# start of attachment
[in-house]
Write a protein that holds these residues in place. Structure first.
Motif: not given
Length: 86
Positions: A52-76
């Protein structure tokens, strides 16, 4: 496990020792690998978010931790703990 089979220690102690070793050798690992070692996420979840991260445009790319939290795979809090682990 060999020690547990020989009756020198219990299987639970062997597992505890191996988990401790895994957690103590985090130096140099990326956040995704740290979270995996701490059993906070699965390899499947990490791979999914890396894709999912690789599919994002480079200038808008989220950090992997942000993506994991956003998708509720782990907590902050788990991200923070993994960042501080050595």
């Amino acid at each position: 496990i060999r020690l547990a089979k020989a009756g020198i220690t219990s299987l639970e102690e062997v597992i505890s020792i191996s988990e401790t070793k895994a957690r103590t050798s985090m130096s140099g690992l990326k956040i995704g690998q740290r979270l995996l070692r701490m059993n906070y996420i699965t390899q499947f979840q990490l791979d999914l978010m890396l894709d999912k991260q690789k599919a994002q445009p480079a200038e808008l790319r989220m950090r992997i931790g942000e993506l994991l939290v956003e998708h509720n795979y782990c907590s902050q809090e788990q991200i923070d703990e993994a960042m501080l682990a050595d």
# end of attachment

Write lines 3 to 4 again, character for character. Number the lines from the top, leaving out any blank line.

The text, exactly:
Motif: not given
Length: 86